MIDDLE EAST PEACE ACCORD: Bomb threatens prisoners' release

TWO EXPLOSIONS in cars in Israel last night posed a challenge to the deal agreed by the Palestinians and Israelis 24 hours earlier in Sharm el-Sheikh. Three people died in the blasts.

The Hamas Islamic militant organisation, which condemned the deal, has made a number of attacks over the past month that culminated in the killing of two Israeli hikers near Megiddo last weekend.

Last night's explosions, in Haifa and Tiberias, will put pressure on Ehud Barak, the Israeli Prime Minister, not to go ahead with the release of 350 Palestinian security prisoners over the next six weeks.

Hamas has been badly damaged by the Israeli and Palestinian security services since 1996, when suicide bombs killed 60 Israelis and ensured the poll victory of Benjamin Netanyahu. Israeli and Palestinian security said Hamas planned attacks, and claimed to have prevented a number of attempts. Last night, the Israelis were not confirming that the explosions were car bombs but they came so close together in cities only 50 miles apart that co-ordination is likely.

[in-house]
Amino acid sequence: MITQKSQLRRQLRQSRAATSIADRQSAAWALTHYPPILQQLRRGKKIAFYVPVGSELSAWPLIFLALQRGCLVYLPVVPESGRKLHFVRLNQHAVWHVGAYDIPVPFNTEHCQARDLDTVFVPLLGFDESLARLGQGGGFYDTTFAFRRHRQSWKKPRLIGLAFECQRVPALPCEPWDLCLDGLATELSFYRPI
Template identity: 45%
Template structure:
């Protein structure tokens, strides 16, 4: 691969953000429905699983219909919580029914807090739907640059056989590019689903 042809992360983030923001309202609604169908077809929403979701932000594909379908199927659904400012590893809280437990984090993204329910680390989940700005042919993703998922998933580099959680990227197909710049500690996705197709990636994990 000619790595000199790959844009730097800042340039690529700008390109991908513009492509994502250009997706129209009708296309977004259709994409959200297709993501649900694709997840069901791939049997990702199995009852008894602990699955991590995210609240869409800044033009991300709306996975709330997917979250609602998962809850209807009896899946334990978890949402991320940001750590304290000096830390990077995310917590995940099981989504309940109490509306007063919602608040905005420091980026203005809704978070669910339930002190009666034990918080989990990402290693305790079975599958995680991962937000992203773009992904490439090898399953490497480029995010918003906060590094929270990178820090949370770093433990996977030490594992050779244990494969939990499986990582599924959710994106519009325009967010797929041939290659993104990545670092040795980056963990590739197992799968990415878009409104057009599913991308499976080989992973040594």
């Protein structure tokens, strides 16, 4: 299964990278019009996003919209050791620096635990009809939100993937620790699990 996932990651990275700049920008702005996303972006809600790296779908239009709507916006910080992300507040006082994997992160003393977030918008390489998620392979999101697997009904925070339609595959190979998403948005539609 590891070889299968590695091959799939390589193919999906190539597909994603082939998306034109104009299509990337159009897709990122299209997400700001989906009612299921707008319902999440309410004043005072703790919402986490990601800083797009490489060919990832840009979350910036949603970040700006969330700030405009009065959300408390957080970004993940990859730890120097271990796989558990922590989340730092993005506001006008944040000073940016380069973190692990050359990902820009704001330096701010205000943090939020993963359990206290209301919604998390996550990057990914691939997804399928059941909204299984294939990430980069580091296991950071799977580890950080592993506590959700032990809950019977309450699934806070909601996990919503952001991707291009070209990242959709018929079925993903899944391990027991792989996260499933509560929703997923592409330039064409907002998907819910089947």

The two dead in Tiberias and the one in Haifa were said have been occupants of the cars. If they were premature explosions, this is in keeping with the last suicide attack, in which two men in a car blew themselves up. Hamas may no longer be able to mount the sophisticated attacks it carried out in 1995 and 1996.

Nevertheless, suicide attacks in Israel have a proven ability to change the political mood. Mr Netanyahu won the 1996 election by saying peace deals with the Palestinians had reduced, not increased, Israeli security. If Hamas was behind the bombs there may have been another motive. Last week Jordan, under pressure from Israel, the United States and Yasser Arafat, the Palestinian leader, closed the Hamas offices in Amman. They had remained open even during previous suicide attacks. Hamas may have wanted to show it still has the capacity to make attacks.

Earlier, Mr Barak told his cabinet the main Israeli achievement in renegotiating the Wye agreement was to put off transferring key territory to Palestinians until talks on a permanent settlement of all remaining issues in dispute got under way.

International applause for the deal signed by Mr Barak and Mr Arafat was in contrast to the more muted reaction of Israelis and Palestinians,waiting to see the effects of the agreement on the ground.